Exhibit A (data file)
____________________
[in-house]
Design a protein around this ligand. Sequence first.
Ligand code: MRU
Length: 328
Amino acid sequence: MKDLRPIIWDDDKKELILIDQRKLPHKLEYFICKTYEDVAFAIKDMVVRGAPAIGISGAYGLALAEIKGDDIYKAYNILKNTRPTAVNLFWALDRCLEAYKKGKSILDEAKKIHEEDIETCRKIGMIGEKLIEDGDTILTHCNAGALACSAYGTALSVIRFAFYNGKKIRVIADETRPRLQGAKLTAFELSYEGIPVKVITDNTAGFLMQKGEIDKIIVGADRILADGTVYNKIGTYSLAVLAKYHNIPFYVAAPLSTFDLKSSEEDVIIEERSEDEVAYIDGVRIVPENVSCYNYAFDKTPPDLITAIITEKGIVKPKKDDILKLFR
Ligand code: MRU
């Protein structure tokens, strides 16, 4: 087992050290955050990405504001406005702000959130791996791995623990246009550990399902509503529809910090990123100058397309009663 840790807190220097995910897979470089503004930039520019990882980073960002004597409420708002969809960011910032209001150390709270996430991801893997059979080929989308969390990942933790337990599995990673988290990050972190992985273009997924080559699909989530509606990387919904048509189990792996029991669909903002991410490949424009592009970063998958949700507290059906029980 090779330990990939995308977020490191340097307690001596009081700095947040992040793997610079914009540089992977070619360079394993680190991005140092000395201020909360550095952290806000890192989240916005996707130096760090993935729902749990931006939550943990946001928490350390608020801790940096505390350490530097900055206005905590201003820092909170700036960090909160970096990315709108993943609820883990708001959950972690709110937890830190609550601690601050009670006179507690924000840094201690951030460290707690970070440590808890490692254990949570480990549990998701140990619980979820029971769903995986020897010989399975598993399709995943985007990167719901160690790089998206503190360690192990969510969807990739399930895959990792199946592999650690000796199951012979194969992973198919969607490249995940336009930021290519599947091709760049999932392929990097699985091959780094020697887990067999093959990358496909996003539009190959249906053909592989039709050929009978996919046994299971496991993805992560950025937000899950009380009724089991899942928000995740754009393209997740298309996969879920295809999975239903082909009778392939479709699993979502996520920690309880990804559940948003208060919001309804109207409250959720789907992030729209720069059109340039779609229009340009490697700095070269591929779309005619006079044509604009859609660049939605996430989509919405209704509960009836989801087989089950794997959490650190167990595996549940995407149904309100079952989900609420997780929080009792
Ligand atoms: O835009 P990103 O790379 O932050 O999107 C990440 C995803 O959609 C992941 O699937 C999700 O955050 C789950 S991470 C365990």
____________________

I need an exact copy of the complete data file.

[in-house]
Design a protein around this ligand. Sequence first.
Ligand code: MRU
Length: 328
Amino acid sequence: MKDLRPIIWDDDKKELILIDQRKLPHKLEYFICKTYEDVAFAIKDMVVRGAPAIGISGAYGLALAEIKGDDIYKAYNILKNTRPTAVNLFWALDRCLEAYKKGKSILDEAKKIHEEDIETCRKIGMIGEKLIEDGDTILTHCNAGALACSAYGTALSVIRFAFYNGKKIRVIADETRPRLQGAKLTAFELSYEGIPVKVITDNTAGFLMQKGEIDKIIVGADRILADGTVYNKIGTYSLAVLAKYHNIPFYVAAPLSTFDLKSSEEDVIIEERSEDEVAYIDGVRIVPENVSCYNYAFDKTPPDLITAIITEKGIVKPKKDDILKLFR
Ligand code: MRU
């Protein structure tokens, strides 16, 4: 087992050290955050990405504001406005702000959130791996791995623990246009550990399902509503529809910090990123100058397309009663 840790807190220097995910897979470089503004930039520019990882980073960002004597409420708002969809960011910032209001150390709270996430991801893997059979080929989308969390990942933790337990599995990673988290990050972190992985273009997924080559699909989530509606990387919904048509189990792996029991669909903002991410490949424009592009970063998958949700507290059906029980 090779330990990939995308977020490191340097307690001596009081700095947040992040793997610079914009540089992977070619360079394993680190991005140092000395201020909360550095952290806000890192989240916005996707130096760090993935729902749990931006939550943990946001928490350390608020801790940096505390350490530097900055206005905590201003820092909170700036960090909160970096990315709108993943609820883990708001959950972690709110937890830190609550601690601050009670006179507690924000840094201690951030460290707690970070440590808890490692254990949570480990549990998701140990619980979820029971769903995986020897010989399975598993399709995943985007990167719901160690790089998206503190360690192990969510969807990739399930895959990792199946592999650690000796199951012979194969992973198919969607490249995940336009930021290519599947091709760049999932392929990097699985091959780094020697887990067999093959990358496909996003539009190959249906053909592989039709050929009978996919046994299971496991993805992560950025937000899950009380009724089991899942928000995740754009393209997740298309996969879920295809999975239903082909009778392939479709699993979502996520920690309880990804559940948003208060919001309804109207409250959720789907992030729209720069059109340039779609229009340009490697700095070269591929779309005619006079044509604009859609660049939605996430989509919405209704509960009836989801087989089950794997959490650190167990595996549940995407149904309100079952989900609420997780929080009792
Ligand atoms: O835009 P990103 O790379 O932050 O999107 C990440 C995803 O959609 C992941 O699937 C999700 O955050 C789950 S991470 C365990």